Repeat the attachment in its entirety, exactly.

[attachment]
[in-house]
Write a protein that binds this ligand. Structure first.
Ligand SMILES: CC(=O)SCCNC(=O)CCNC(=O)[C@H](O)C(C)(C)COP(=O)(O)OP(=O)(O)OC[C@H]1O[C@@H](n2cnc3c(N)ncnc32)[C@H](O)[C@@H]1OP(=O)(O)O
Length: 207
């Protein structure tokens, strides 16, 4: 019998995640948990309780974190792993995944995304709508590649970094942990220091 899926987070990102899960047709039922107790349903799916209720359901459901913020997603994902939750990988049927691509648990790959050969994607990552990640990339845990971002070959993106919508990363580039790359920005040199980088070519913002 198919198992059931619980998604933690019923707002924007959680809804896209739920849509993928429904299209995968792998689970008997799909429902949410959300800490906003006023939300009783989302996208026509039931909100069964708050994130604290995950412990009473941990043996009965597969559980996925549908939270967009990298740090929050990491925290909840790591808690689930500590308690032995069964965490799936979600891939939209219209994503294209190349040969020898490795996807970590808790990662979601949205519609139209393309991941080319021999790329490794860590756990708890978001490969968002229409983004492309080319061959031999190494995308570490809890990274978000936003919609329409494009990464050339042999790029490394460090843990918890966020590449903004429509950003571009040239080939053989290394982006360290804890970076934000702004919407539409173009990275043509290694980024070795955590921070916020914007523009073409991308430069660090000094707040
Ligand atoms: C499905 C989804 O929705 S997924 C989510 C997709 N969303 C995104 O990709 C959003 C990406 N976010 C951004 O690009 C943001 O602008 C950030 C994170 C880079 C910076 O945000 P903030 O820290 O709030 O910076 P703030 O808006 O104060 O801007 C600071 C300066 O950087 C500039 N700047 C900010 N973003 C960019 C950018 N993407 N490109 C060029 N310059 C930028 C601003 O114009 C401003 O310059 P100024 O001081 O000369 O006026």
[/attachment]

[in-house]
Write a protein that binds this ligand. Structure first.
Ligand SMILES: CC(=O)SCCNC(=O)CCNC(=O)[C@H](O)C(C)(C)COP(=O)(O)OP(=O)(O)OC[C@H]1O[C@@H](n2cnc3c(N)ncnc32)[C@H](O)[C@@H]1OP(=O)(O)O
Length: 207
């Protein structure tokens, strides 16, 4: 019998995640948990309780974190792993995944995304709508590649970094942990220091 899926987070990102899960047709039922107790349903799916209720359901459901913020997603994902939750990988049927691509648990790959050969994607990552990640990339845990971002070959993106919508990363580039790359920005040199980088070519913002 198919198992059931619980998604933690019923707002924007959680809804896209739920849509993928429904299209995968792998689970008997799909429902949410959300800490906003006023939300009783989302996208026509039931909100069964708050994130604290995950412990009473941990043996009965597969559980996925549908939270967009990298740090929050990491925290909840790591808690689930500590308690032995069964965490799936979600891939939209219209994503294209190349040969020898490795996807970590808790990662979601949205519609139209393309991941080319021999790329490794860590756990708890978001490969968002229409983004492309080319061959031999190494995308570490809890990274978000936003919609329409494009990464050339042999790029490394460090843990918890966020590449903004429509950003571009040239080939053989290394982006360290804890970076934000702004919407539409173009990275043509290694980024070795955590921070916020914007523009073409991308430069660090000094707040
Ligand atoms: C499905 C989804 O929705 S997924 C989510 C997709 N969303 C995104 O990709 C959003 C990406 N976010 C951004 O690009 C943001 O602008 C950030 C994170 C880079 C910076 O945000 P903030 O820290 O709030 O910076 P703030 O808006 O104060 O801007 C600071 C300066 O950087 C500039 N700047 C900010 N973003 C960019 C950018 N993407 N490109 C060029 N310059 C930028 C601003 O114009 C401003 O310059 P100024 O001081 O000369 O006026």